The Court agreed with the Court of Appeal that the decision on unreasonableness would follow their decision on error of law, but not much else. The Court confirmed the approach in Woolworths that “the test a claimant must meet when challenging a rating decision is a stringent one”. This is even more true for the scheme of the 2002 Act than the 1974 Act. Woolworths notes ratings as being “essentially a matter for democratic representatives”, with “constitutional and democratic constraints on judicial involvement” given the breadth of policy questions involved. The authority is “well understood” and has “provided a sufficient palimpsest or guiding standard for local authorities”. Rating decisions are complex, do not have right or wrong answers and “ultimately require judgement on the part of local authorities”.

When responding to the respondents' criticism of the reason, the Court restates its acceptance of the Council's reasoning as it related to passing on costs, and that any criticism of ATEED's performance as a promoter relative to the accommodation providers was not relevant. Further, some degree of inequality is unavoidable in any targeted rate, so that it cannot by itself make a decision unreasonable. Council had also responded and sought to minimise some of the unfairness in the scheme. It was not tenable to suggest that Council should resolve all the potential issues before setting a rate.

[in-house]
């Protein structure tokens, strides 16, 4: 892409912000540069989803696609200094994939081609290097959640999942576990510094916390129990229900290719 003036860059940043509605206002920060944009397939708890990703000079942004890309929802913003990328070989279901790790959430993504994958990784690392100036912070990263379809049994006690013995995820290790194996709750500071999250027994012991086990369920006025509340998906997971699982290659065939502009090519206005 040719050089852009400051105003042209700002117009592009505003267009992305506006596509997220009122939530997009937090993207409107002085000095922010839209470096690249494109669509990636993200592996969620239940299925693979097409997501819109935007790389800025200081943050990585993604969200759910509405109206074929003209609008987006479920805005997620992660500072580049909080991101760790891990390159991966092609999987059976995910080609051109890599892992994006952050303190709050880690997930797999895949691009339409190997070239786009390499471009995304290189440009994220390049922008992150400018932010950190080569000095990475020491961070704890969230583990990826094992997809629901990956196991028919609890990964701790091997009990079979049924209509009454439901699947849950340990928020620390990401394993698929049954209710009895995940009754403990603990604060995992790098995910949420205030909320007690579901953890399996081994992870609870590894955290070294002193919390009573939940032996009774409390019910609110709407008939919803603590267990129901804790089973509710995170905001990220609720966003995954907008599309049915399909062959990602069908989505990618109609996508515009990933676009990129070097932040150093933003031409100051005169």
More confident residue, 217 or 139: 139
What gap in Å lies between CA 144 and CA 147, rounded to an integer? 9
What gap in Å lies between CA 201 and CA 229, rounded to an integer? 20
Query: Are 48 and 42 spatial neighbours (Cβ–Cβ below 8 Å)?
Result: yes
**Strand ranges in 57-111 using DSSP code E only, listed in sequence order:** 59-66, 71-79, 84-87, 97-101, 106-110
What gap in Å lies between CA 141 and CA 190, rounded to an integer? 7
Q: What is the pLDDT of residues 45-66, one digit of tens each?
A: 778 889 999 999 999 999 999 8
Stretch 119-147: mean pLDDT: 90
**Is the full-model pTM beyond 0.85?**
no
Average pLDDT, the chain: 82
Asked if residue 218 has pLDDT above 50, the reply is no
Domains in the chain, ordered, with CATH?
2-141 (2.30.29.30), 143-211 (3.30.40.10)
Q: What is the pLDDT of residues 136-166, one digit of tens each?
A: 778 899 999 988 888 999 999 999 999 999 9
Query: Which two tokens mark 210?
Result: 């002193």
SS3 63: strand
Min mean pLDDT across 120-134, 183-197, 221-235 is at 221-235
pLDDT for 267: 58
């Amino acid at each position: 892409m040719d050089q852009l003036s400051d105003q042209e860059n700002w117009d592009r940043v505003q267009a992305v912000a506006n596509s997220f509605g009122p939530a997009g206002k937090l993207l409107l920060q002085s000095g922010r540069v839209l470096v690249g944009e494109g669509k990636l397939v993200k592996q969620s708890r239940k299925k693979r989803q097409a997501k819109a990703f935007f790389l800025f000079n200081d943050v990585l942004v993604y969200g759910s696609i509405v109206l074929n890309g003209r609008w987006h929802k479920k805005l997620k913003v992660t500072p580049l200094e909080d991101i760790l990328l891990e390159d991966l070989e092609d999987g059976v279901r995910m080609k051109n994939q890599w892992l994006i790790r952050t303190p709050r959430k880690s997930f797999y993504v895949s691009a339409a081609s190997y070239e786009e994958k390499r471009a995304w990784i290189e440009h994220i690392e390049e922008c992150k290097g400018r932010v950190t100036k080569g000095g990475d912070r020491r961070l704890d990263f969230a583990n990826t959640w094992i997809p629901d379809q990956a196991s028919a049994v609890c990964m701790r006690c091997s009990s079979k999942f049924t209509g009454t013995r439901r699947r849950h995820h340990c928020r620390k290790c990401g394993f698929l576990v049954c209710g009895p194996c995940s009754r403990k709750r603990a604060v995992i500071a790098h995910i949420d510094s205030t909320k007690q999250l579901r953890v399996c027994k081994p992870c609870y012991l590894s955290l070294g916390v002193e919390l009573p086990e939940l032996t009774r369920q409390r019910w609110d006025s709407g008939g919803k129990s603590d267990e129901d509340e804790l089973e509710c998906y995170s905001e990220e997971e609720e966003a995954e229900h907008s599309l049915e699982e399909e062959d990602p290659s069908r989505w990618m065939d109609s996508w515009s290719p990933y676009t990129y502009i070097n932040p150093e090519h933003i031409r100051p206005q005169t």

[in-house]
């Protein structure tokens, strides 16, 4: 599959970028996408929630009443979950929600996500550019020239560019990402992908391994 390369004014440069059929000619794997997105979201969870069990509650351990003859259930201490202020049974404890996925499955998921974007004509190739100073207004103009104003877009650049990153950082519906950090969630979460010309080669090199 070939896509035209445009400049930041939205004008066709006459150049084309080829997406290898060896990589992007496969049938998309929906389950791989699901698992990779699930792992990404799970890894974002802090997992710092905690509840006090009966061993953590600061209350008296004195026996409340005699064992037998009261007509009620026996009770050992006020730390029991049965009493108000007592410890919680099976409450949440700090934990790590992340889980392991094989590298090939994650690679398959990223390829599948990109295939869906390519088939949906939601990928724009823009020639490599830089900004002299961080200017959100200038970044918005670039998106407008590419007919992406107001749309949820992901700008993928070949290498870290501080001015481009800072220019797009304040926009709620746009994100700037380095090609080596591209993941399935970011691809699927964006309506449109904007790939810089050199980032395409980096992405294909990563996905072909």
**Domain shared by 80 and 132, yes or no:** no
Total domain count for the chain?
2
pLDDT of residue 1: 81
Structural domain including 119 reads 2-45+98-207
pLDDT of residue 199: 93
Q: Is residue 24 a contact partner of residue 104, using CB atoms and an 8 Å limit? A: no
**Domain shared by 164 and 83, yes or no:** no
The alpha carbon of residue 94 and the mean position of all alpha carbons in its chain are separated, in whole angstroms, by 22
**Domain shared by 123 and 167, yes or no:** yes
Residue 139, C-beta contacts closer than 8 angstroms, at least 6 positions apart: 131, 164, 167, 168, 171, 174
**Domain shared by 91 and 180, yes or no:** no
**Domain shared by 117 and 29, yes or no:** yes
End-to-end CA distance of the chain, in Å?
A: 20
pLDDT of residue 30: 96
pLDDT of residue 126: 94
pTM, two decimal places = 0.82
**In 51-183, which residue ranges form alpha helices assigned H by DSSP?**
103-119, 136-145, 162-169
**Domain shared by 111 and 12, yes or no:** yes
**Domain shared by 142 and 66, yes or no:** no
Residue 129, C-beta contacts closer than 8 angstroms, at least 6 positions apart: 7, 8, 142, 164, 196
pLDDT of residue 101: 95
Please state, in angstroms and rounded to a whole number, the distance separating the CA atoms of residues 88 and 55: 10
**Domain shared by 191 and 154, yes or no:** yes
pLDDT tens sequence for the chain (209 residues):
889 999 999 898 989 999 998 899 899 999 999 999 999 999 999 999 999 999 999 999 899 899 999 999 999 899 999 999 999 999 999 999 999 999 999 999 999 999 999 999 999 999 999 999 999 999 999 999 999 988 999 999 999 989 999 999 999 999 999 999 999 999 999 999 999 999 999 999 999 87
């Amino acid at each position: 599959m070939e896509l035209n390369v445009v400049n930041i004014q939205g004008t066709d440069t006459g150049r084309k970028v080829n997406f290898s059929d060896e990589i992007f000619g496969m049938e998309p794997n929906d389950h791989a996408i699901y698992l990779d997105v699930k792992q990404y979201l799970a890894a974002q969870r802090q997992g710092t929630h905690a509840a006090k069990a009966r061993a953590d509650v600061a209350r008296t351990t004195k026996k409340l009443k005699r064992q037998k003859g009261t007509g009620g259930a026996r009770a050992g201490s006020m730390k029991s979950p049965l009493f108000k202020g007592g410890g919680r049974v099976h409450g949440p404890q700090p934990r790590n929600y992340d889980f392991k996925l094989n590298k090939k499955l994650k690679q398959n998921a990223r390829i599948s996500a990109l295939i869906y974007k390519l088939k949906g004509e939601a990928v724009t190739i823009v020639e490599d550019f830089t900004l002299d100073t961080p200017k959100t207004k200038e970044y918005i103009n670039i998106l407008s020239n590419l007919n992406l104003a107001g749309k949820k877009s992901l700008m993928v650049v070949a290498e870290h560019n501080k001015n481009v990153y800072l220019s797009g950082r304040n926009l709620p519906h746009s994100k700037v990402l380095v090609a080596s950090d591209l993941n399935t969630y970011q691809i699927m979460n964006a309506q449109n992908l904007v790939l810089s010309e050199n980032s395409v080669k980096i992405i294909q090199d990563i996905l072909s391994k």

Other comments, and the possible demise of a fiduciary duty

As part of its discussion on unreasonableness, the Court noted strong doubts that the concept of fiduciary duty retains much usefulness when assessing local government decision making. To some extent, this is because section 101 captures and addresses the same concerns which led to the creation of the duty. The Court noted with approval the Court of Appeal's decision in Waitakere City Council v Lovelock which held the concept of a duty did not sit well with rating decisions which are imposed on property rather than individuals.

The Court also noted the ongoing debate concerning levels of scrutiny in judicial review, including articles by Associate Professor Marcelo Rodriguez Ferrere and Dr Dean Knight which broach the topic, but that it was not necessary to address that in its decision. That said, the judgment does engage with many of the factors present when considering what would be an appropriate intensity of review.